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Defusing terror threats from Sheik Google

Publication Date : 24-01-2014


Just when Muslim cleric Leyaket Ali Mohamed Omar felt he was getting a handle on rehabilitating detainees from militant group Jemaah Islamiah (JI), he found himself sitting with a different type of detainee - a lone wolf, brainwashed by "Sheik Google".

Sheik Google is a personification of the way charismatic Islamic ideologues use fiery speeches on jihadist websites to poison minds and entice converts to join them in a war against the United States and its allies.

Ustaz Leyaket, who used the term Sheik Google as a convenient shorthand, says that Sheik Google's terror footprints are easily found on the Internet.

"The Sheik Google becomes the lone wolf's guru, his teacher. The individual then upholds these deviant teachings as the right ideology," says Ustaz Leyaket.

"We need to spread the message that Sheik Google is dangerous," he adds.

Muslims need to seek answers to their religious queries from a good Islamic teacher with credentials recognised by the mainstream Muslim religious leaders. Singapore has about 1,200 accredited religious teachers or asatizah.

Lone wolves, as they are known in security circles, are difficult to detect as they do not belong to any militant group.

Singapore detained its first do-it-yourself terrorist in 2007, six years after the first wave of arrests of JI members.

Five self-radicalised Muslims have been detained since, and three have been released.

Another group of six self-radicalised individuals have been placed on restriction orders. Under this order, a person is not detained, but his movement and activities are regulated.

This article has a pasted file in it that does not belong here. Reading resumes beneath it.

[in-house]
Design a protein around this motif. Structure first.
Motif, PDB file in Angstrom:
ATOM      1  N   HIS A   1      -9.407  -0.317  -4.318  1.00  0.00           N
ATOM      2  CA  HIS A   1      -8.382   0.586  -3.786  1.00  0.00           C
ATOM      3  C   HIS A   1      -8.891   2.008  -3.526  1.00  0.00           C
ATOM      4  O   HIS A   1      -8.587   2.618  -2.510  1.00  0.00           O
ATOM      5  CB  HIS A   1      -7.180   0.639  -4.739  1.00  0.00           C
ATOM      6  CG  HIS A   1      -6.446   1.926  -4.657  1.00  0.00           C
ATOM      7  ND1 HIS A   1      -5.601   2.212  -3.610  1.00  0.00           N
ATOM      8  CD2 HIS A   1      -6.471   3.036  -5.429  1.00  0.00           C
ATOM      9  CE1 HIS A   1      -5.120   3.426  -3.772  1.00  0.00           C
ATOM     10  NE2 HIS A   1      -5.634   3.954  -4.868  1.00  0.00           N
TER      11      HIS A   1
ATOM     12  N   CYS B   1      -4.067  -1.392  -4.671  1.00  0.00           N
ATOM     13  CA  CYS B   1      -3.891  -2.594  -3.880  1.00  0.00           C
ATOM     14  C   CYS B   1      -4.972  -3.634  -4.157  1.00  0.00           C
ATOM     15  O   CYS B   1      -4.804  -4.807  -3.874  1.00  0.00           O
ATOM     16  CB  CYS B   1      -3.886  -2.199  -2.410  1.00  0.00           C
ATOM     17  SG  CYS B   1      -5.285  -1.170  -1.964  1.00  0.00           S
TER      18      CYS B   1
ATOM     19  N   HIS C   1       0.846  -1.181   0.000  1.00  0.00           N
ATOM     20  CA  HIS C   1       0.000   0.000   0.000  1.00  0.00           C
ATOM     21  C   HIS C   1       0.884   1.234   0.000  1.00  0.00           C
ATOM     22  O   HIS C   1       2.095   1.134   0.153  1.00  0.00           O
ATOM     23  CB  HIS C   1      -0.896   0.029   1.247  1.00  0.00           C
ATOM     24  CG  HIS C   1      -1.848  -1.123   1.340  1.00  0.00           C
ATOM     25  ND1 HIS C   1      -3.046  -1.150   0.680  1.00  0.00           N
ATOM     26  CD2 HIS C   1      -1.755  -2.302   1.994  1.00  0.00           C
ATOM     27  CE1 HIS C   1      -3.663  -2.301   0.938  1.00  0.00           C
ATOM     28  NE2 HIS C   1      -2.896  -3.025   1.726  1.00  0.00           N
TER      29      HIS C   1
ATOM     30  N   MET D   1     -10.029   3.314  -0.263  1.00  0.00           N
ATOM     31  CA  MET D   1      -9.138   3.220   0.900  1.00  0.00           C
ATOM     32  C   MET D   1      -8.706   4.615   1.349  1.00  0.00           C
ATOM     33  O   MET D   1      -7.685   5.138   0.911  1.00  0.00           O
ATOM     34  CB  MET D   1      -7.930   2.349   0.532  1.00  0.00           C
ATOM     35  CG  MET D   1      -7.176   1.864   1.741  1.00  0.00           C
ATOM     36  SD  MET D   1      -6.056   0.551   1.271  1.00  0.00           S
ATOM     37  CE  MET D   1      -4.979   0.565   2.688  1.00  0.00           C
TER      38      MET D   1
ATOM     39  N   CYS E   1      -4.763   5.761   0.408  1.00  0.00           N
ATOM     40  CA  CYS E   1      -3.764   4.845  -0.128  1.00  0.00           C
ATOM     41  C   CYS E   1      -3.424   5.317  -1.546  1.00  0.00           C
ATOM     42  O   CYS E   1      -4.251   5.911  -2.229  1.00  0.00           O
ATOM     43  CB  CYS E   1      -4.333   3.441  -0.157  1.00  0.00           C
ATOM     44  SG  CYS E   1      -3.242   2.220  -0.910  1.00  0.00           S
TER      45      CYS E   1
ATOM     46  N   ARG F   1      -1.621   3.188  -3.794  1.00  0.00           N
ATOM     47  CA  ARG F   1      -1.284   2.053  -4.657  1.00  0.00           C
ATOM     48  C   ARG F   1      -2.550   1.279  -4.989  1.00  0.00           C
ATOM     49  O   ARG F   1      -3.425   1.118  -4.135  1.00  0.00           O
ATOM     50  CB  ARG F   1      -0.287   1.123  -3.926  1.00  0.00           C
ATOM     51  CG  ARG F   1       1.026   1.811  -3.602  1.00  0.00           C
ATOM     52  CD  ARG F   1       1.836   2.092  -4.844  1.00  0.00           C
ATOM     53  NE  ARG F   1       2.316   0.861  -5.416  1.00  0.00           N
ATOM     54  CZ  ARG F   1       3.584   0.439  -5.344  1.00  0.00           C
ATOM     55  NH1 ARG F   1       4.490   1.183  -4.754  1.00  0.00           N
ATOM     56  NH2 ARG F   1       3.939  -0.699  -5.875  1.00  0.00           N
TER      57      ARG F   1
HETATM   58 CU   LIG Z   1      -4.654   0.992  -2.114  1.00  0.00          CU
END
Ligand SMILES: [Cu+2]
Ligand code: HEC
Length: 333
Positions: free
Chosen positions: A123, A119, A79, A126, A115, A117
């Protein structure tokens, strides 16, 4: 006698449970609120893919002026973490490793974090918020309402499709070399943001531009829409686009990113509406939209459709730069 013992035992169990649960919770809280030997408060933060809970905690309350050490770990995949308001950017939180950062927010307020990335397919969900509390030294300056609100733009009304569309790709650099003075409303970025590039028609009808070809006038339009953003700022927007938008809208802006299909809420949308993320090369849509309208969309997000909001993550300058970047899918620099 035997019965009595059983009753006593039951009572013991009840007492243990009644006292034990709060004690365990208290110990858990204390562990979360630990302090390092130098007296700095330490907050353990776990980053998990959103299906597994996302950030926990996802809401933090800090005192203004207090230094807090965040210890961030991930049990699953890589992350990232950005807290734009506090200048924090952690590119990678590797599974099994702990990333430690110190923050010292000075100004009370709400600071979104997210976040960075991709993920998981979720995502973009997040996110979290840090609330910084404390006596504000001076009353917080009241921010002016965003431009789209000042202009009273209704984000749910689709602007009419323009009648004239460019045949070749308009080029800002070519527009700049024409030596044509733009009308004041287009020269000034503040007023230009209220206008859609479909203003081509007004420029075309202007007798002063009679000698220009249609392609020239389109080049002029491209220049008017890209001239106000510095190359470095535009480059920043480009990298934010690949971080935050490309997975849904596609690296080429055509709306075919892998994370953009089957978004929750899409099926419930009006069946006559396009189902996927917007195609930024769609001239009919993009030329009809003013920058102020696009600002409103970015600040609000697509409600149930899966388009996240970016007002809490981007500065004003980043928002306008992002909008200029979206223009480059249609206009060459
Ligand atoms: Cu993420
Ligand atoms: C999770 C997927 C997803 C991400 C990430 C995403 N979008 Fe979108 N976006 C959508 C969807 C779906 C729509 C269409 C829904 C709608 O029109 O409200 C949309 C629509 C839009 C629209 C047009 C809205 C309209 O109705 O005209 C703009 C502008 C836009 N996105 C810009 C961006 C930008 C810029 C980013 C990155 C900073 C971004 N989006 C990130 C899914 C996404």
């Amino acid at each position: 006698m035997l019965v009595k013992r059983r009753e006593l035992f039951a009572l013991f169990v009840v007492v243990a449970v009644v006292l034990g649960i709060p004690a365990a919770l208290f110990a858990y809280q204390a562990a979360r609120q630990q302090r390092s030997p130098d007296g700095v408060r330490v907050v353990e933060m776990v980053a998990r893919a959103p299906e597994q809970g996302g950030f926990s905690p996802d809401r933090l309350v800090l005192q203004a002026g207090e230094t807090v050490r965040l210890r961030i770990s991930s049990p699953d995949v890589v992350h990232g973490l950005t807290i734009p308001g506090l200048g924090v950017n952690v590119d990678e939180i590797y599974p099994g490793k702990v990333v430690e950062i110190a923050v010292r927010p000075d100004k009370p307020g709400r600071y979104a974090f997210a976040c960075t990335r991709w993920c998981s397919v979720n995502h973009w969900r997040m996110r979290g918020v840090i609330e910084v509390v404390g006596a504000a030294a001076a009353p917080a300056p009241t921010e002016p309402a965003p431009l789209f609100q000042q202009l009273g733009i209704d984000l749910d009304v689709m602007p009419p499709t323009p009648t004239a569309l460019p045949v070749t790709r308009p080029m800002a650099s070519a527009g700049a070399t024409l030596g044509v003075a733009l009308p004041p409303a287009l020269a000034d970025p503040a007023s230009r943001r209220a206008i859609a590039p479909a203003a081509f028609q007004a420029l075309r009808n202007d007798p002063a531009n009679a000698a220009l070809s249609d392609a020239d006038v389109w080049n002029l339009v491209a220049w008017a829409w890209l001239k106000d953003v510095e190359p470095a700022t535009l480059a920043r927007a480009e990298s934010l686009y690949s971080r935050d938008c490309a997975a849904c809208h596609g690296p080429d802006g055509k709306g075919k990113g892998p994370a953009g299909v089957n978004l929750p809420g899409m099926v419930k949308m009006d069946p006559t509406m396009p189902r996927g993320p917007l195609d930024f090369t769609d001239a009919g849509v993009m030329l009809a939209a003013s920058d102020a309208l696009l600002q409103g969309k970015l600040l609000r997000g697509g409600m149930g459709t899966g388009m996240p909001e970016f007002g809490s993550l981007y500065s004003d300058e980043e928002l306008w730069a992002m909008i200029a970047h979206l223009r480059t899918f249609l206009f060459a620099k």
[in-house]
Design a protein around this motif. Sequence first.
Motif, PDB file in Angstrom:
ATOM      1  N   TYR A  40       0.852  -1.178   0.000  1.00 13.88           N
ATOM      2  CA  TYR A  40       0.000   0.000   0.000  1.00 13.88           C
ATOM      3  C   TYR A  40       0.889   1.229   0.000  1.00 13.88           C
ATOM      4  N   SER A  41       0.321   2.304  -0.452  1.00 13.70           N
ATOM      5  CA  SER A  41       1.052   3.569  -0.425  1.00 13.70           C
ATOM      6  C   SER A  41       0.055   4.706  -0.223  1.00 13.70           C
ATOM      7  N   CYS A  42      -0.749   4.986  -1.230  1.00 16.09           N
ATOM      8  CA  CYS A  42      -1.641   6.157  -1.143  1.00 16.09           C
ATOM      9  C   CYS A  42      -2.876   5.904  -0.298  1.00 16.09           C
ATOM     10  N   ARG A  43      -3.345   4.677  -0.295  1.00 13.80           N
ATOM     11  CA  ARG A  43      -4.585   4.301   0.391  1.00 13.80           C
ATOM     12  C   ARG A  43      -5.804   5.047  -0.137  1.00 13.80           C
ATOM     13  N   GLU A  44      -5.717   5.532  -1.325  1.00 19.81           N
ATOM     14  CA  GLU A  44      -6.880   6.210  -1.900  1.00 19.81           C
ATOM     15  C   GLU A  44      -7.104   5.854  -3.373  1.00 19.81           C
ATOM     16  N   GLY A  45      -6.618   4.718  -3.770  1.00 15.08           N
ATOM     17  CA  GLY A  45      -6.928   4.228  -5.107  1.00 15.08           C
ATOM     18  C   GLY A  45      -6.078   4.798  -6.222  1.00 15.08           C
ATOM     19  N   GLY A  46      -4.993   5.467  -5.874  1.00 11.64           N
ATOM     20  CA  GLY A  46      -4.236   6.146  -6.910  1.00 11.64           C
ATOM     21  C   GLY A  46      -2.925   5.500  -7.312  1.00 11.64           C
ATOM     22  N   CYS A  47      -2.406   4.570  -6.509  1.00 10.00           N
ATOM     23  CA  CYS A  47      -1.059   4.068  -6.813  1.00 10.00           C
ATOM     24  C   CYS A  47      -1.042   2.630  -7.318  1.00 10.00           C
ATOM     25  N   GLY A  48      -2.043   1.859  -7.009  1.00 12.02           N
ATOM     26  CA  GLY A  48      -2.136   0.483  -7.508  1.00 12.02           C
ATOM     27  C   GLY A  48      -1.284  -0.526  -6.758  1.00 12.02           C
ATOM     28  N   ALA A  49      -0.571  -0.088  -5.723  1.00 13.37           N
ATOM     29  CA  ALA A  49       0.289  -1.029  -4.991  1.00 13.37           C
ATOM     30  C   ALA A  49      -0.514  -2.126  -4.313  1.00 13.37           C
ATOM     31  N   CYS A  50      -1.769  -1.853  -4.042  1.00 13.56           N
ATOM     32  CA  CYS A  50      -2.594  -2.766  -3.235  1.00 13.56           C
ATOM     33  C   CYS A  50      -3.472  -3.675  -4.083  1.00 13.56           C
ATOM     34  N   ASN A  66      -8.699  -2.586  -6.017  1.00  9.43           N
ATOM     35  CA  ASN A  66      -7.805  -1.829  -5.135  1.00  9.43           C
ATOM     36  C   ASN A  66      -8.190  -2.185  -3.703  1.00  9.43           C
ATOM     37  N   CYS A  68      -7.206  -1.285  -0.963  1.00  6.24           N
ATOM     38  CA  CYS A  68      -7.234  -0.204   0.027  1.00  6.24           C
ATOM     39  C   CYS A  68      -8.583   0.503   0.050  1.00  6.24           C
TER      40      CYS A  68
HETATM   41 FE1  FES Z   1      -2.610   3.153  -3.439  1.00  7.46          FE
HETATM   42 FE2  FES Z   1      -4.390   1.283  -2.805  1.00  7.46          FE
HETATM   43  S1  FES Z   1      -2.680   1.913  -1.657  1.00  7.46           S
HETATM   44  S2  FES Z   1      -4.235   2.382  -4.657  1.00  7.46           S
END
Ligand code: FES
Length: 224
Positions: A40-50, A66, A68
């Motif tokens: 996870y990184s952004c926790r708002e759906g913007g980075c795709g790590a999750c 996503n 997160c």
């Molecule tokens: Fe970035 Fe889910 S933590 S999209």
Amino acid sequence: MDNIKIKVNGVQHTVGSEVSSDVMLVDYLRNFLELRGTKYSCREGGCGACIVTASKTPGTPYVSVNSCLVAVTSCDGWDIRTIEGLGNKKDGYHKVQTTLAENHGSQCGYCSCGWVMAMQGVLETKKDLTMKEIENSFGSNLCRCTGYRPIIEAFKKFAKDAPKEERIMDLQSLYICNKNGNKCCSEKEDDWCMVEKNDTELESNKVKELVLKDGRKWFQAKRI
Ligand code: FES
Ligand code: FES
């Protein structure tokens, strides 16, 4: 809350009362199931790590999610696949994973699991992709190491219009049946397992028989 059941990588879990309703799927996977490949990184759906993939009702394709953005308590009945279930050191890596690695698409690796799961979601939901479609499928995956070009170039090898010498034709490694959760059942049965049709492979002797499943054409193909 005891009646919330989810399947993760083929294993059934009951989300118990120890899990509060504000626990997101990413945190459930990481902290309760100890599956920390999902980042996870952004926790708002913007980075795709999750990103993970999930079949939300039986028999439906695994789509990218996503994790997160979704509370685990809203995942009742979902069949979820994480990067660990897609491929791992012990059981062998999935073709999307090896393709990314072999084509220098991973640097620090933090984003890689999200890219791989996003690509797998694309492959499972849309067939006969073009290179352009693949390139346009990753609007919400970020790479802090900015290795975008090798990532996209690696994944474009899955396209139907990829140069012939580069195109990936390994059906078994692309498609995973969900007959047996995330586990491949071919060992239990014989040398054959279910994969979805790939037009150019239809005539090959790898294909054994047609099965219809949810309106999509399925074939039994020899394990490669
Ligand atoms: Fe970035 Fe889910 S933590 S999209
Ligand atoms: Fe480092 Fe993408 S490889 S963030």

Those detained are between the ages of 20 and 30. A few planned to go to battle fronts in the Middle East and Southeast Asia to take part in the fighting.

Growing threat

The threat posed by self-radicalised individuals is expected to grow. The number of jihadist websites globally stood at 5,600 in 2007, and a Saudi researcher estimated the number of these websites to grow by about 900 each year.

Security expert Kumar Ramakrishna says that with the spread of Al-Qaeda ideology via the Internet, "the threat of terrorism has metastasised".

"Some military strategists even talk of so-called Fifth Generation Warfare in which 'super-empowered' lone wolves may in the coming decade exploit digital technology to mount crippling cyber attacks on national infrastructure. They may even deploy small radiological devices against cities," he says.

It is important to have effective counter-ideological campaigns aimed at undermining the violent extremist ideology that sustains them, he adds.

Joining forces

Another security expert who declined to be named notes that the threats posed by self-radicalised members are as serious as the ones from those in a militant group.

But a new danger lurks.

The two groups could join forces, he says. "A lone wolf operating alone can cause mass casualties.

"But, in the terrorists' mind, the ultimate target is to have another Bali-style bombing or an attack similar to the Sept 11, 2001 incident in the United States in which hijackers turned aeroplanes into flying explosives.